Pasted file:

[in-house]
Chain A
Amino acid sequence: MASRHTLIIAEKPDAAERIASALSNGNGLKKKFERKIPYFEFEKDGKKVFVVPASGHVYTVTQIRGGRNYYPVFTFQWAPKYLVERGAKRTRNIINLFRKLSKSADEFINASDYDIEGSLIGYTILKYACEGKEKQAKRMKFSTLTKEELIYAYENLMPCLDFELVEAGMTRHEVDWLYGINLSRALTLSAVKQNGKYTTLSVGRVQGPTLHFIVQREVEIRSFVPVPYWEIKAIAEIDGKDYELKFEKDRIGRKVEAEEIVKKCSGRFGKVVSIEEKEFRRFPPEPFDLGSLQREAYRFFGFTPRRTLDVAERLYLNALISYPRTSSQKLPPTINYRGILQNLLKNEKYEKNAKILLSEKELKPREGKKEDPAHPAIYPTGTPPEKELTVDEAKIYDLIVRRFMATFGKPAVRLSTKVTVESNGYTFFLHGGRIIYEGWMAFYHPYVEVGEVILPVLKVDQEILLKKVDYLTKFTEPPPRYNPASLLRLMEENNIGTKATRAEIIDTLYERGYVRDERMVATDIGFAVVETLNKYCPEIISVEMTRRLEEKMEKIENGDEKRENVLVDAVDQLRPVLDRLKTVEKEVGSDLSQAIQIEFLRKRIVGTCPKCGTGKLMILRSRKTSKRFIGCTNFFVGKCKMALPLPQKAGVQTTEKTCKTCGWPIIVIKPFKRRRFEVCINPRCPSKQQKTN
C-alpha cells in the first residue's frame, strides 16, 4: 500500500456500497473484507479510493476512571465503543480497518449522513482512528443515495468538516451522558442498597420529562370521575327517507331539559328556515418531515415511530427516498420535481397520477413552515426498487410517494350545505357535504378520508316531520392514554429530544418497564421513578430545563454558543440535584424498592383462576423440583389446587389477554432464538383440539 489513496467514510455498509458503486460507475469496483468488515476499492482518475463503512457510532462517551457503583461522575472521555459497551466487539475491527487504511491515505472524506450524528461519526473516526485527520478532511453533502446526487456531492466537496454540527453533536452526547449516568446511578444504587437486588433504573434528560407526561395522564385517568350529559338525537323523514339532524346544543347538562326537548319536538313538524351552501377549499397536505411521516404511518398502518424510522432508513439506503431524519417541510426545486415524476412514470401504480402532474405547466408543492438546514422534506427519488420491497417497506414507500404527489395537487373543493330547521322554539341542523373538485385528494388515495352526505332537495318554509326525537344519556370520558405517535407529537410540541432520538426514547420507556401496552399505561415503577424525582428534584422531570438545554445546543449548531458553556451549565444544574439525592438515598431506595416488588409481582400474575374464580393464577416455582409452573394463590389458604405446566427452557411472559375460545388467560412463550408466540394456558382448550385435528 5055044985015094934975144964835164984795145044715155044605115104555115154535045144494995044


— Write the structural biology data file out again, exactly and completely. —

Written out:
[in-house]
Chain A
Amino acid sequence: MASRHTLIIAEKPDAAERIASALSNGNGLKKKFERKIPYFEFEKDGKKVFVVPASGHVYTVTQIRGGRNYYPVFTFQWAPKYLVERGAKRTRNIINLFRKLSKSADEFINASDYDIEGSLIGYTILKYACEGKEKQAKRMKFSTLTKEELIYAYENLMPCLDFELVEAGMTRHEVDWLYGINLSRALTLSAVKQNGKYTTLSVGRVQGPTLHFIVQREVEIRSFVPVPYWEIKAIAEIDGKDYELKFEKDRIGRKVEAEEIVKKCSGRFGKVVSIEEKEFRRFPPEPFDLGSLQREAYRFFGFTPRRTLDVAERLYLNALISYPRTSSQKLPPTINYRGILQNLLKNEKYEKNAKILLSEKELKPREGKKEDPAHPAIYPTGTPPEKELTVDEAKIYDLIVRRFMATFGKPAVRLSTKVTVESNGYTFFLHGGRIIYEGWMAFYHPYVEVGEVILPVLKVDQEILLKKVDYLTKFTEPPPRYNPASLLRLMEENNIGTKATRAEIIDTLYERGYVRDERMVATDIGFAVVETLNKYCPEIISVEMTRRLEEKMEKIENGDEKRENVLVDAVDQLRPVLDRLKTVEKEVGSDLSQAIQIEFLRKRIVGTCPKCGTGKLMILRSRKTSKRFIGCTNFFVGKCKMALPLPQKAGVQTTEKTCKTCGWPIIVIKPFKRRRFEVCINPRCPSKQQKTN
C-alpha cells in the first residue's frame, strides 16, 4: 500500500456500497473484507479510493476512571465503543480497518449522513482512528443515495468538516451522558442498597420529562370521575327517507331539559328556515418531515415511530427516498420535481397520477413552515426498487410517494350545505357535504378520508316531520392514554429530544418497564421513578430545563454558543440535584424498592383462576423440583389446587389477554432464538383440539 489513496467514510455498509458503486460507475469496483468488515476499492482518475463503512457510532462517551457503583461522575472521555459497551466487539475491527487504511491515505472524506450524528461519526473516526485527520478532511453533502446526487456531492466537496454540527453533536452526547449516568446511578444504587437486588433504573434528560407526561395522564385517568350529559338525537323523514339532524346544543347538562326537548319536538313538524351552501377549499397536505411521516404511518398502518424510522432508513439506503431524519417541510426545486415524476412514470401504480402532474405547466408543492438546514422534506427519488420491497417497506414507500404527489395537487373543493330547521322554539341542523373538485385528494388515495352526505332537495318554509326525537344519556370520558405517535407529537410540541432520538426514547420507556401496552399505561415503577424525582428534584422531570438545554445546543449548531458553556451549565444544574439525592438515598431506595416488588409481582400474575374464580393464577416455582409452573394463590389458604405446566427452557411472559375460545388467560412463550408466540394456558382448550385435528 5055044985015094934975144964835164984795145044715155044605115104555115154535045144494995044